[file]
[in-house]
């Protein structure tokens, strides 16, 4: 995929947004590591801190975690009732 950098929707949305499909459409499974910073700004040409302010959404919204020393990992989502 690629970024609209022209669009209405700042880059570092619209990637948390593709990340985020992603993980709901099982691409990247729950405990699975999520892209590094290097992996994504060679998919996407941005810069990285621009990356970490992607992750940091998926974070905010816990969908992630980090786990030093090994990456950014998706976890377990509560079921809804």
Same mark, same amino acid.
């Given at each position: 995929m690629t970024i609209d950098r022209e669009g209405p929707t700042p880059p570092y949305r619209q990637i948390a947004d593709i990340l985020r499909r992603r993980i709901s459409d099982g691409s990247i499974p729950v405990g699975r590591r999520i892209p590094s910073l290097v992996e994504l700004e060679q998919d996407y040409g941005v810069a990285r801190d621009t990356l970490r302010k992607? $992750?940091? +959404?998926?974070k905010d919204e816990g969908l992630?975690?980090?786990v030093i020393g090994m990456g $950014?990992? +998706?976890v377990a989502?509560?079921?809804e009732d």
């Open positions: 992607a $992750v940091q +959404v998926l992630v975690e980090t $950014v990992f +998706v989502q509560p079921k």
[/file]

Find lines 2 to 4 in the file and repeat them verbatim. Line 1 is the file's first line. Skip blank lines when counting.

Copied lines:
């Protein structure tokens, strides 16, 4: 995929947004590591801190975690009732 950098929707949305499909459409499974910073700004040409302010959404919204020393990992989502 690629970024609209022209669009209405700042880059570092619209990637948390593709990340985020992603993980709901099982691409990247729950405990699975999520892209590094290097992996994504060679998919996407941005810069990285621009990356970490992607992750940091998926974070905010816990969908992630980090786990030093090994990456950014998706976890377990509560079921809804």
Same mark, same amino acid.
């Given at each position: 995929m690629t970024i609209d950098r022209e669009g209405p929707t700042p880059p570092y949305r619209q990637i948390a947004d593709i990340l985020r499909r992603r993980i709901s459409d099982g691409s990247i499974p729950v405990g699975r590591r999520i892209p590094s910073l290097v992996e994504l700004e060679q998919d996407y040409g941005v810069a990285r801190d621009t990356l970490r302010k992607? $992750?940091? +959404?998926?974070k905010d919204e816990g969908l992630?975690?980090?786990v030093i020393g090994m990456g $950014?990992? +998706?976890v377990a989502?509560?079921?809804e009732d």